Waiting…on the Garden

So you’ve grown your seedlingstransplanted them to the garden, and now what?

You wait. And wait. And wait. And wait.

The Yager Homestead is in this stage with our garden right now. And let me tell you, it’s the least fun. But it’s a necessity, so we do what we have to do. So we have had a month of waiting.

We started our seedlings inside back in the beginning of March, and transplanted them around Spring Break. After transplanting, we decided to grow potatoes too. On Guru Penny’s advice, we waited until a few store-bought potatoes had eyes. We cut the potatoes up to where each chunk had an eye on it. Then we let them dry for a couple of days. After that, we planted the chunks directly into the soil, with the eyes sticking up.

And waited.

Patience is a virtue…that I lack. But this time, I was rewarded!

On March 27, we noticed the potato plants had started to peak through the soil. Their growth has definitely been the fastest. The rest of the plants look pretty similar to when they were first transplanted.


Potato plants budding 3/27/17

After that, East Texas had a bout of warm sunny days. Praise da Lort. It had been pretty rainy and yuck up to this point. Just a week later, all of our plants had shot up!


Lettuce 4/3/17


Cucumbers and a strawberry plant 4/3/17


Potatoes a week later! 4/3/17

As you can see, we added in some marigolds to help deter pests. We also added a strawberry plant in with the cucumbers, because YUM.

Around this time, we also added a dwarf gala apple tree to our bunch. Our family goes through apples like they’re going out of style, so this will be a huge cash saver for us. The apple tree came in bare root form, and we planted it in a galvanized tub.

We haven’t encountered any big problems up to this point except for ants. Several large ant piles began forming around the potatoes. I tried to drown them – didn’t work. After consulting with Penny, I coated the pile with a granule ant killer (instead of a spray that might infect the plants).

Then we went on vacation for a weekend, because when the weather is beautiful in Texas, you go to Galveston Island! We hired someone to take care of our animals and plants while we were gone, of course. Little Bro was pumped to make $20. He says we can go on vacation any time we want.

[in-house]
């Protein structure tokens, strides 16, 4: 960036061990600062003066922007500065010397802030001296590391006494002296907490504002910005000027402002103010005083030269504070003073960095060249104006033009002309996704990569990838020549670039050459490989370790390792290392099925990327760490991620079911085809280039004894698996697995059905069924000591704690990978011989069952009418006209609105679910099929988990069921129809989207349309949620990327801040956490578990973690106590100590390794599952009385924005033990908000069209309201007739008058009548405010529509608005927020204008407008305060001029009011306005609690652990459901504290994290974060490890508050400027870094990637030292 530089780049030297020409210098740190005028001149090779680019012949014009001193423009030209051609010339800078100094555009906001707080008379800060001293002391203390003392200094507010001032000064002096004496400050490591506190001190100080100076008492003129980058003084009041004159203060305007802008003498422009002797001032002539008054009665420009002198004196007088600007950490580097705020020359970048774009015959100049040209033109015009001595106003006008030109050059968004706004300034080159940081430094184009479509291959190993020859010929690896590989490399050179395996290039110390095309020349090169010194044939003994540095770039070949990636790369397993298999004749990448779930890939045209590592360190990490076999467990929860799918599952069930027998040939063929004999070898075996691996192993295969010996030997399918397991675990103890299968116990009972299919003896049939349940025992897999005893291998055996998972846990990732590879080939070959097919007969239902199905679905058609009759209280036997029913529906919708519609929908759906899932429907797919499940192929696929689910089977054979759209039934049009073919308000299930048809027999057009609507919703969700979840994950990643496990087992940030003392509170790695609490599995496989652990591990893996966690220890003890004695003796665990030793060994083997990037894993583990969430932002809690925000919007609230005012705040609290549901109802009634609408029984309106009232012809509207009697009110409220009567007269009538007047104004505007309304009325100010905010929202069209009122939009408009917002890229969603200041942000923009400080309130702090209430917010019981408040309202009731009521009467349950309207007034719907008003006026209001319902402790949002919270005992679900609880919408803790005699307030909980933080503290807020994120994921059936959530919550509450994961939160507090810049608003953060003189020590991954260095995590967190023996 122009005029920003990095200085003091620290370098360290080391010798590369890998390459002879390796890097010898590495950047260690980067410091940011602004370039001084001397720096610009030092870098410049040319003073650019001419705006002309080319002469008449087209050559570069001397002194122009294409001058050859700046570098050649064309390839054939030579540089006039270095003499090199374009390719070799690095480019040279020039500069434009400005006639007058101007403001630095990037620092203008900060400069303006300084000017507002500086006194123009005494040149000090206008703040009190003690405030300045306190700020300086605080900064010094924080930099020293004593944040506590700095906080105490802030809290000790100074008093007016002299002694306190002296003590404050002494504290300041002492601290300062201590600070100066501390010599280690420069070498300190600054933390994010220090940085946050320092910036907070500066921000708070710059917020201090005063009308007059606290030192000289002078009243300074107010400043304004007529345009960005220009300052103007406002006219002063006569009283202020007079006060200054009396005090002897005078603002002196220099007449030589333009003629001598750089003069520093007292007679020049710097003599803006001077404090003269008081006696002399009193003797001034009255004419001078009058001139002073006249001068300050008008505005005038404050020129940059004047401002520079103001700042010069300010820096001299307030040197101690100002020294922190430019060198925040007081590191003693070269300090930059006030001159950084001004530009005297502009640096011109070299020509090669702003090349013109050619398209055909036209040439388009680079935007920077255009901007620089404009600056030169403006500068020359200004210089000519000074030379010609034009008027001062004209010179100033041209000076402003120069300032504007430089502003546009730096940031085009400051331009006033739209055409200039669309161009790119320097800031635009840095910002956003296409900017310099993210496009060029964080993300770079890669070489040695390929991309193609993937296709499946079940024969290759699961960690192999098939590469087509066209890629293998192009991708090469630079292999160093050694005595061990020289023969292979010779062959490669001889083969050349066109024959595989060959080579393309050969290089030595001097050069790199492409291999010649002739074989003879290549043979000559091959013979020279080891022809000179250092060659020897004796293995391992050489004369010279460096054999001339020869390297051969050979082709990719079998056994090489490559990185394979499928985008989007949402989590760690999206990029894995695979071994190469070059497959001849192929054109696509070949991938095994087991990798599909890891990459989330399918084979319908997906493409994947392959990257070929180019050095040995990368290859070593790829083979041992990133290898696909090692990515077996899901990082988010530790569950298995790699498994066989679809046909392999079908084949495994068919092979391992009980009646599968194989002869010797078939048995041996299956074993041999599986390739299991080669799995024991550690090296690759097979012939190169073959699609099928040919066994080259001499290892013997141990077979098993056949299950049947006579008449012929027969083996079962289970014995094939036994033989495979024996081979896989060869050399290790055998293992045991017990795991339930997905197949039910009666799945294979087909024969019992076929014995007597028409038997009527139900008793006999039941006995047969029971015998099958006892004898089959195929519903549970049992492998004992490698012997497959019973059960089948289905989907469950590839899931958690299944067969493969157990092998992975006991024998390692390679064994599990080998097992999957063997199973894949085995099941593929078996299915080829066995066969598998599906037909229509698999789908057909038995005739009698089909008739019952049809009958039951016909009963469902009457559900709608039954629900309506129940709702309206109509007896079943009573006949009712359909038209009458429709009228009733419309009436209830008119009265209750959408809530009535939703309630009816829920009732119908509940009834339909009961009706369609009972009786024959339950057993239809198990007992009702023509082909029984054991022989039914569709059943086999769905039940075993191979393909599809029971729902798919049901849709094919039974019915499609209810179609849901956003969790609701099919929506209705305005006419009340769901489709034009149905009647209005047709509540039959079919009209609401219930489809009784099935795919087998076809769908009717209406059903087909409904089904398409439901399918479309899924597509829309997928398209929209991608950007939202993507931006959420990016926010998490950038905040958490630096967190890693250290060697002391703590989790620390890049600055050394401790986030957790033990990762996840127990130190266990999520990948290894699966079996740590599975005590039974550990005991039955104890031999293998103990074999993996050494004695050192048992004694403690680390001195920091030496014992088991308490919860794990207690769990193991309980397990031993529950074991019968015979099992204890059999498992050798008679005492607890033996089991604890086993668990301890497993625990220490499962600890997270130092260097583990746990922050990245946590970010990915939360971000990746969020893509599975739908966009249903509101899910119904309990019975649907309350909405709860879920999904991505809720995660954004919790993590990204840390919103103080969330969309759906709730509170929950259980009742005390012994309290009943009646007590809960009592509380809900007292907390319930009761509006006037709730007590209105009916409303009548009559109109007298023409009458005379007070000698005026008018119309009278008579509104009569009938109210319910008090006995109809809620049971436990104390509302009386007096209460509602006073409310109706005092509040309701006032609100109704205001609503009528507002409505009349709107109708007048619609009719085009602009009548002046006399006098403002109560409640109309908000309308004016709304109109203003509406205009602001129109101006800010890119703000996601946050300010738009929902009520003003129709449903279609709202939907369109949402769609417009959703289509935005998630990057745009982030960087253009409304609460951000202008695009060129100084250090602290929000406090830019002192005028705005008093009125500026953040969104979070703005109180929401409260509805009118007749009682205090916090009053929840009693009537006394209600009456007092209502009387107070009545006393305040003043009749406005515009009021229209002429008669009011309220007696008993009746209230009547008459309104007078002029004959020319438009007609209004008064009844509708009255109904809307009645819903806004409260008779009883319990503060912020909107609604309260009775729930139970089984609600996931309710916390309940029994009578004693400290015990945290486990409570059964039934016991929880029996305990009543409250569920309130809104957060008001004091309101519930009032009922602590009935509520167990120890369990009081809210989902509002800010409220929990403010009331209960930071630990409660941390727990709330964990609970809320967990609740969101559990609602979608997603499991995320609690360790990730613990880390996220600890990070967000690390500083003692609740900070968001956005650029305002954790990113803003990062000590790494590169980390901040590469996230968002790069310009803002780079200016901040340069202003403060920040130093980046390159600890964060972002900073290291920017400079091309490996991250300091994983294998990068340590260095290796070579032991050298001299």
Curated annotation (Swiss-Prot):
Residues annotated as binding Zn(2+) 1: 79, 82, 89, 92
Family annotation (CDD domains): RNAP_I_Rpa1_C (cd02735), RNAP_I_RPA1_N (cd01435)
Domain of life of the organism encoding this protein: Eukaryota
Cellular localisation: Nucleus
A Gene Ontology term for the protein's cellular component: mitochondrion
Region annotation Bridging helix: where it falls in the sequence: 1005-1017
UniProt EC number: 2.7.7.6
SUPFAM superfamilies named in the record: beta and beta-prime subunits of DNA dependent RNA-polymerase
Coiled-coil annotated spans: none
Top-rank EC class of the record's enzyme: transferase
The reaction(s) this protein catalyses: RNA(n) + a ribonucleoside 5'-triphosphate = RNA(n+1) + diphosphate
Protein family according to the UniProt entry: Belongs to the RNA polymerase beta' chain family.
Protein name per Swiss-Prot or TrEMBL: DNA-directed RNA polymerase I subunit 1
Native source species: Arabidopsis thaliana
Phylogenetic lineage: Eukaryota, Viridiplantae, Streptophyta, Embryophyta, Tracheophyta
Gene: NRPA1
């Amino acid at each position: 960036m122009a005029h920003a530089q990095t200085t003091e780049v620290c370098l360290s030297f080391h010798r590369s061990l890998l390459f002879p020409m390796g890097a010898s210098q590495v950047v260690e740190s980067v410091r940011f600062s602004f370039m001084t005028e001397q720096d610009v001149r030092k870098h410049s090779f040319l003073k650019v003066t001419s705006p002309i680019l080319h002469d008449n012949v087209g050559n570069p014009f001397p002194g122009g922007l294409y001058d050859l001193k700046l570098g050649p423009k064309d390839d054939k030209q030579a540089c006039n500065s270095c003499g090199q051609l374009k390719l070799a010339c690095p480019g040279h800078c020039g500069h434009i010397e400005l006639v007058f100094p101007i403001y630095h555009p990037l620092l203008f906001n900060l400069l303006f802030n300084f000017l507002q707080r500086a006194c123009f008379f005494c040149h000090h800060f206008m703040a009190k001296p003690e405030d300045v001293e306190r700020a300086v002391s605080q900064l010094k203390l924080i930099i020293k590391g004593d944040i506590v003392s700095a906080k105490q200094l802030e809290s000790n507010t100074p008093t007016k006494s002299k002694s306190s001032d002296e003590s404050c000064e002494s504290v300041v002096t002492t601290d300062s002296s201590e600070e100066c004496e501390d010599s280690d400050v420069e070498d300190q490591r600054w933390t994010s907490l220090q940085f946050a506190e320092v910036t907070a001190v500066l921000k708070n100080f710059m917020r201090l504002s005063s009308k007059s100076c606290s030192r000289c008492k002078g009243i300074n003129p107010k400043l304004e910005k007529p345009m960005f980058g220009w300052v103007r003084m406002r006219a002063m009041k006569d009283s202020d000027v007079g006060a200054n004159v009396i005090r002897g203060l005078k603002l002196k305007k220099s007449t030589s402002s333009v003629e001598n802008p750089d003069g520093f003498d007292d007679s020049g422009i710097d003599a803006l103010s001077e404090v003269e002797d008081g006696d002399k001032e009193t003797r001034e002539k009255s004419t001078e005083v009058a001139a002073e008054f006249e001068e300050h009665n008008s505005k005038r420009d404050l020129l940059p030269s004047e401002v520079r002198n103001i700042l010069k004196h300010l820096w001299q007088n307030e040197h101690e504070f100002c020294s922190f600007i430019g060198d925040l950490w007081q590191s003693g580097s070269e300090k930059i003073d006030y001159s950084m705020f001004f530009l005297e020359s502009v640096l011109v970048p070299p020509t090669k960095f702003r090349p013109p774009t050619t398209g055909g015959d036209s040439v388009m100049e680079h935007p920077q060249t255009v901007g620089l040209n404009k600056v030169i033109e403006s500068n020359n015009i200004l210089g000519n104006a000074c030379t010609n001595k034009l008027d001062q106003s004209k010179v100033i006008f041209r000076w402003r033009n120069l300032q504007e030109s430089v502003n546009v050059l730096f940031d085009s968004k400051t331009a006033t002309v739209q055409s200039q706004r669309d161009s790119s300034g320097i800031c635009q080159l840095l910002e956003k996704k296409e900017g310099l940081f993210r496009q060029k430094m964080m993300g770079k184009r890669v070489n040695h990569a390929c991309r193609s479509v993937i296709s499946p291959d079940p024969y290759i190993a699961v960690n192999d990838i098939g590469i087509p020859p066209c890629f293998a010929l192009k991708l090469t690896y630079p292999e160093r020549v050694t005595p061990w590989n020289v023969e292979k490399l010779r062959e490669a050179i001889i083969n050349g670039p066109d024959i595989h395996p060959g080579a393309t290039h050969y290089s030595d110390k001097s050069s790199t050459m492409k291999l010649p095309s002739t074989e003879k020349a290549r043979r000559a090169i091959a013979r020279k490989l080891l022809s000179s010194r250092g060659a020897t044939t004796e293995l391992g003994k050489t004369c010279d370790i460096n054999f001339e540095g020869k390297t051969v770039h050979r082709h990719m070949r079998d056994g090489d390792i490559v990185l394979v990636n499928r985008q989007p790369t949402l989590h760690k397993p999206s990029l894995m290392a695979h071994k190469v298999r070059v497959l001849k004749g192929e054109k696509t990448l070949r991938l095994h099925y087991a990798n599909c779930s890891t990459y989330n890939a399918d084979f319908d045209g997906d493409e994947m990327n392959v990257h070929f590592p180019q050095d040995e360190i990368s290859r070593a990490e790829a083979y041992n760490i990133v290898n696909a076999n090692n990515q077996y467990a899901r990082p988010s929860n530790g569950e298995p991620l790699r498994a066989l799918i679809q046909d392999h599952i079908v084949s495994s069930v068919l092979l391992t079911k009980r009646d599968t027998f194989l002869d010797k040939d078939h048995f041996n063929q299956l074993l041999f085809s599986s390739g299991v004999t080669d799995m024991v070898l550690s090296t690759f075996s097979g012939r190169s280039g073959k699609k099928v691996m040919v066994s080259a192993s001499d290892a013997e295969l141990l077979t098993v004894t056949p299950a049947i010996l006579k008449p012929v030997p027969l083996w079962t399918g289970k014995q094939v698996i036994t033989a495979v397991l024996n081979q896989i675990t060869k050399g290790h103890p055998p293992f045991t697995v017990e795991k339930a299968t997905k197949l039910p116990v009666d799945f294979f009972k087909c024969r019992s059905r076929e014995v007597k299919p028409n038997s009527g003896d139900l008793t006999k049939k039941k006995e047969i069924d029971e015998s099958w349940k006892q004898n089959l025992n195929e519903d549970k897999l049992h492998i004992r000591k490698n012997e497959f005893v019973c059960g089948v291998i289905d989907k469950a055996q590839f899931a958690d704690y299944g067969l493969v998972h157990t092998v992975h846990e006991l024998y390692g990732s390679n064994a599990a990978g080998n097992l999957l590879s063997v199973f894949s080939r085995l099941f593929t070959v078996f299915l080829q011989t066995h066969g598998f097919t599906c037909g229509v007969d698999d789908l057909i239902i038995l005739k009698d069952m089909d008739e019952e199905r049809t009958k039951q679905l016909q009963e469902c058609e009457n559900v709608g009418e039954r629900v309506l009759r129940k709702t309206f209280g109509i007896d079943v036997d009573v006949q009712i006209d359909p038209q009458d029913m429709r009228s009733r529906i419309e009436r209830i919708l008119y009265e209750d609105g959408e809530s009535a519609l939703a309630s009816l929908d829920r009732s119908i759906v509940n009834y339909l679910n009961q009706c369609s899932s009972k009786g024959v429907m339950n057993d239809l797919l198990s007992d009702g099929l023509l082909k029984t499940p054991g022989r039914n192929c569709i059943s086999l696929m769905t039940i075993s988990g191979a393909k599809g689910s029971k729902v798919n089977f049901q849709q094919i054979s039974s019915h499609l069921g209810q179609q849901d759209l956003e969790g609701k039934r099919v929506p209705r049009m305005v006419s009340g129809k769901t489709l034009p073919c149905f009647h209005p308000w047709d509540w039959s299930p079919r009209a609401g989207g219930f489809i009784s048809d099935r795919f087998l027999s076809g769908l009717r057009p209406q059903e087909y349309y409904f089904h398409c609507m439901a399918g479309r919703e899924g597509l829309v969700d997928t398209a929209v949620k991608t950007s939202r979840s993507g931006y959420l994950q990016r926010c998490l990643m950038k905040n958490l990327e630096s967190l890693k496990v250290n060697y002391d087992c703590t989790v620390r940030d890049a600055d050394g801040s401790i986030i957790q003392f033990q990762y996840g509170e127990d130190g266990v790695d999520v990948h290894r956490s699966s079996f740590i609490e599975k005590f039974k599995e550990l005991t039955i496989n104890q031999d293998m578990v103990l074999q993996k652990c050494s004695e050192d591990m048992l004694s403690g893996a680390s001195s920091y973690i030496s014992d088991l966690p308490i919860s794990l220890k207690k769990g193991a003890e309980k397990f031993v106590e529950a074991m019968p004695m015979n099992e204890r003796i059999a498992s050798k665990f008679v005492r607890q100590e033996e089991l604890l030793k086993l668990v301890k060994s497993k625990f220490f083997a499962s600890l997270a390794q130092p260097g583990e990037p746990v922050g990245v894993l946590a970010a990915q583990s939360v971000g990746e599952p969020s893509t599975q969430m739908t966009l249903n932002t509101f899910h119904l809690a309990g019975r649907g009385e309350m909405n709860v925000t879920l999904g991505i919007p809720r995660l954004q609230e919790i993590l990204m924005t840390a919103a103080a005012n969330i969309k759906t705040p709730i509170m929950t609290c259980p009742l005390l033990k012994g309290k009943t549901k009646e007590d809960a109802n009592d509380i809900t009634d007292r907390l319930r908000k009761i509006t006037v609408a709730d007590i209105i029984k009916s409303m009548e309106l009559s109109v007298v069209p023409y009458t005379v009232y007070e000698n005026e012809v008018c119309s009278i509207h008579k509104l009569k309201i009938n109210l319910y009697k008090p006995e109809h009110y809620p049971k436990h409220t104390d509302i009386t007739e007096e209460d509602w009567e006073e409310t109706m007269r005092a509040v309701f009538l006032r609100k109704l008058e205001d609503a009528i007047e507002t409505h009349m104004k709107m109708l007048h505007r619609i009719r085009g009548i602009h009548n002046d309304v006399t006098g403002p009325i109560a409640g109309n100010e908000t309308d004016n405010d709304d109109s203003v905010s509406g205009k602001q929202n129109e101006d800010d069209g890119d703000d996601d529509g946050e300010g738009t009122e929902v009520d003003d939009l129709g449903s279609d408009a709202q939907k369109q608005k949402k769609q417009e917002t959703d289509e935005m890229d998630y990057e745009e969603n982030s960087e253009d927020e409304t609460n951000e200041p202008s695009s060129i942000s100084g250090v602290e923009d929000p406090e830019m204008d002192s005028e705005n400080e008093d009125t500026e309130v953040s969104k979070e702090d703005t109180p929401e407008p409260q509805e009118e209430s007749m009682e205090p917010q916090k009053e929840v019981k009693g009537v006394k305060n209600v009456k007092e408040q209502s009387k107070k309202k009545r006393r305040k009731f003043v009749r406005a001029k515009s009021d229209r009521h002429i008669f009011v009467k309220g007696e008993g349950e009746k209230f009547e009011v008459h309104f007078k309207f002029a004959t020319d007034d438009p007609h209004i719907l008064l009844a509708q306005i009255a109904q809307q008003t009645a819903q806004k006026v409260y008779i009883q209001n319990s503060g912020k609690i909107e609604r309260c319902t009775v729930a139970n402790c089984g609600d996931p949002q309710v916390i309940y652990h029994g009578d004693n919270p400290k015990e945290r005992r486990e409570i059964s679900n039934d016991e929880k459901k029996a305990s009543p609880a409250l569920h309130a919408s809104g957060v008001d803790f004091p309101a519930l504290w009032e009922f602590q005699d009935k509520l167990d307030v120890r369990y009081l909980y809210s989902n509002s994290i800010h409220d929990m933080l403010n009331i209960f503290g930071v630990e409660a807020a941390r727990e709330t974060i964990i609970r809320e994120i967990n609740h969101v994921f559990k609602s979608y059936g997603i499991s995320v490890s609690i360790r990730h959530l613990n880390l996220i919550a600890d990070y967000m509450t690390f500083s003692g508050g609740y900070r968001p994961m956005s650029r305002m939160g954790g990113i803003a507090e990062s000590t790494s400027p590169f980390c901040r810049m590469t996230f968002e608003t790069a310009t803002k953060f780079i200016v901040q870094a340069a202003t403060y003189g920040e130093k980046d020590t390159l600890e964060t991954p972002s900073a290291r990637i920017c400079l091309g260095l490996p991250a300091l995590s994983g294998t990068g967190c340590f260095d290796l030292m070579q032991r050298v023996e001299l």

A beautiful Easter weekend at Galveston Island

The excitement happened when we got home! Naturally, we went to check on the garden as soon as we got home. We were pleasantly surprised! After being gone only four days, our plants had gone through a period of astronomical growth! Thank you, sweet baby Jesus!


Potatoes 4/16

The potato plants were massive! On Penny’s advice, we mounded up the dirt over the bottom leaves, so that the plant could keep growing.


Lettuce 4/16/17

This was the first instance of noticeable growth in the lettuce. The weather stayed warm, so they were ready to come out of hiding.


Cucumbers 4/16/17

The cucumbers have grown their second set of leaves now. Pretty soon, we will have to build a trellis for them to climb on.


Dwarf Gala Apple tree 4/17/17

The apple tree was totally bare when we left, but we came home to these little sprouts! We ordered our tree on Amazon.


Rose bud 4/16/17

We were also welcomed by our first rosebud of the season on our rose bush in front of the house.

It’s been about a month since the veggies were transplanted, so we added in some fertilizer.

We tilled up the soil around the plants with our hands (and gloves, cause EW), and gradually worked in the fertilizer around the roots. Be careful not to pour the fertilizer directly onto the plants, as you could risk burning them. We watered the plants after fertilizing so it could soak into the soil. I used a local brand of fertilizer, because #shopsmall.

We also noticed some runners from the grass that were peaking through around the edges of the garden. We pulled the weeds as close to the base as possible. They are just competing with the veggies for nutrients, so it was eviction time.

We were also able to see the first fruits of homesteading interdependence. When we got home, we needed to clean out the chicken coop. After four days, the Sassy Ladies had built up quite a mess. So, we used the chicken droppings as fertilizer for the garden! It is our hope that, eventually, the chickens will fertilize the garden, and the garden will feed the chickens.

Homesteading for the win! What a productive few days!

Any advice for us during the waiting time?



One thought on “Waiting…on the Garden

  1. Pingback: DIY Pallet Bar | The Yager Homestead

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